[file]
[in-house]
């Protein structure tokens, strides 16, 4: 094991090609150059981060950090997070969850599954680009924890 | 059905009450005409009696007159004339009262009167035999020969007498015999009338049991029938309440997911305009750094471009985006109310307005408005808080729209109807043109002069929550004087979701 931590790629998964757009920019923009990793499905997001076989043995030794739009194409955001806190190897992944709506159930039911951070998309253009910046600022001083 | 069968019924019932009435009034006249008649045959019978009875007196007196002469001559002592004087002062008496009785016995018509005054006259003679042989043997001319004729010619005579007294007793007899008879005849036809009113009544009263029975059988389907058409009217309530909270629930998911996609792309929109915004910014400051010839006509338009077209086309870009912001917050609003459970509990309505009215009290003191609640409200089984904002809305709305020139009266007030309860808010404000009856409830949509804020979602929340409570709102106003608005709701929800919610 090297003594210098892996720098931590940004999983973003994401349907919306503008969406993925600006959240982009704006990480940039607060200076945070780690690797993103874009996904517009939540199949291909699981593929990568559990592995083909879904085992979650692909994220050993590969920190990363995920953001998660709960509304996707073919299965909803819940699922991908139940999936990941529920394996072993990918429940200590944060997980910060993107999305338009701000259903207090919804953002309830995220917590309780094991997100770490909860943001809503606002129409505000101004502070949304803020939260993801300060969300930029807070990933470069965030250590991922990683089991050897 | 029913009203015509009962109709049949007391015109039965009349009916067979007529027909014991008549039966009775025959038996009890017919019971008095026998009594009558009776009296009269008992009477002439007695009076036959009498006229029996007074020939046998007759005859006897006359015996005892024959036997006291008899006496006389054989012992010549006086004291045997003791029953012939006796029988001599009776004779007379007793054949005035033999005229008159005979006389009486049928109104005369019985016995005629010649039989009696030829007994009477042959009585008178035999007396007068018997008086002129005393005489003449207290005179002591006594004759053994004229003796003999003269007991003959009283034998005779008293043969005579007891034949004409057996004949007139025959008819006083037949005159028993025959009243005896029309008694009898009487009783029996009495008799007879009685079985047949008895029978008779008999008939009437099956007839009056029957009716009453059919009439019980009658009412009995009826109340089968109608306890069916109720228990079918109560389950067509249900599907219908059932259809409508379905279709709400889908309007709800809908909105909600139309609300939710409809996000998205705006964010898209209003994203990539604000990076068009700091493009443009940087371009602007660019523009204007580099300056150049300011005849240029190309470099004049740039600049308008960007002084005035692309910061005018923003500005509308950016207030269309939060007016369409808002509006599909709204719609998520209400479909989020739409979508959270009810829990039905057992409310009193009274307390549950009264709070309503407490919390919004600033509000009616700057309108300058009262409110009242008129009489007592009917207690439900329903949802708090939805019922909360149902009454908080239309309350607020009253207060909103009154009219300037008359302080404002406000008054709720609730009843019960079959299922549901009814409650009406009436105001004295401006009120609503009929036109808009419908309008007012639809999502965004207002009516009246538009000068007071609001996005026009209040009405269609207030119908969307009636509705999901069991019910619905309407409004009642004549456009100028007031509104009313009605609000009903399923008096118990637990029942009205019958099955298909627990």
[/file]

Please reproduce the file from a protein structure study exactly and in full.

[in-house]
């Protein structure tokens, strides 16, 4: 094991090609150059981060950090997070969850599954680009924890 | 059905009450005409009696007159004339009262009167035999020969007498015999009338049991029938309440997911305009750094471009985006109310307005408005808080729209109807043109002069929550004087979701 931590790629998964757009920019923009990793499905997001076989043995030794739009194409955001806190190897992944709506159930039911951070998309253009910046600022001083 | 069968019924019932009435009034006249008649045959019978009875007196007196002469001559002592004087002062008496009785016995018509005054006259003679042989043997001319004729010619005579007294007793007899008879005849036809009113009544009263029975059988389907058409009217309530909270629930998911996609792309929109915004910014400051010839006509338009077209086309870009912001917050609003459970509990309505009215009290003191609640409200089984904002809305709305020139009266007030309860808010404000009856409830949509804020979602929340409570709102106003608005709701929800919610 090297003594210098892996720098931590940004999983973003994401349907919306503008969406993925600006959240982009704006990480940039607060200076945070780690690797993103874009996904517009939540199949291909699981593929990568559990592995083909879904085992979650692909994220050993590969920190990363995920953001998660709960509304996707073919299965909803819940699922991908139940999936990941529920394996072993990918429940200590944060997980910060993107999305338009701000259903207090919804953002309830995220917590309780094991997100770490909860943001809503606002129409505000101004502070949304803020939260993801300060969300930029807070990933470069965030250590991922990683089991050897 | 029913009203015509009962109709049949007391015109039965009349009916067979007529027909014991008549039966009775025959038996009890017919019971008095026998009594009558009776009296009269008992009477002439007695009076036959009498006229029996007074020939046998007759005859006897006359015996005892024959036997006291008899006496006389054989012992010549006086004291045997003791029953012939006796029988001599009776004779007379007793054949005035033999005229008159005979006389009486049928109104005369019985016995005629010649039989009696030829007994009477042959009585008178035999007396007068018997008086002129005393005489003449207290005179002591006594004759053994004229003796003999003269007991003959009283034998005779008293043969005579007891034949004409057996004949007139025959008819006083037949005159028993025959009243005896029309008694009898009487009783029996009495008799007879009685079985047949008895029978008779008999008939009437099956007839009056029957009716009453059919009439019980009658009412009995009826109340089968109608306890069916109720228990079918109560389950067509249900599907219908059932259809409508379905279709709400889908309007709800809908909105909600139309609300939710409809996000998205705006964010898209209003994203990539604000990076068009700091493009443009940087371009602007660019523009204007580099300056150049300011005849240029190309470099004049740039600049308008960007002084005035692309910061005018923003500005509308950016207030269309939060007016369409808002509006599909709204719609998520209400479909989020739409979508959270009810829990039905057992409310009193009274307390549950009264709070309503407490919390919004600033509000009616700057309108300058009262409110009242008129009489007592009917207690439900329903949802708090939805019922909360149902009454908080239309309350607020009253207060909103009154009219300037008359302080404002406000008054709720609730009843019960079959299922549901009814409650009406009436105001004295401006009120609503009929036109808009419908309008007012639809999502965004207002009516009246538009000068007071609001996005026009209040009405269609207030119908969307009636509705999901069991019910619905309407409004009642004549456009100028007031509104009313009605609000009903399923008096118990637990029942009205019958099955298909627990």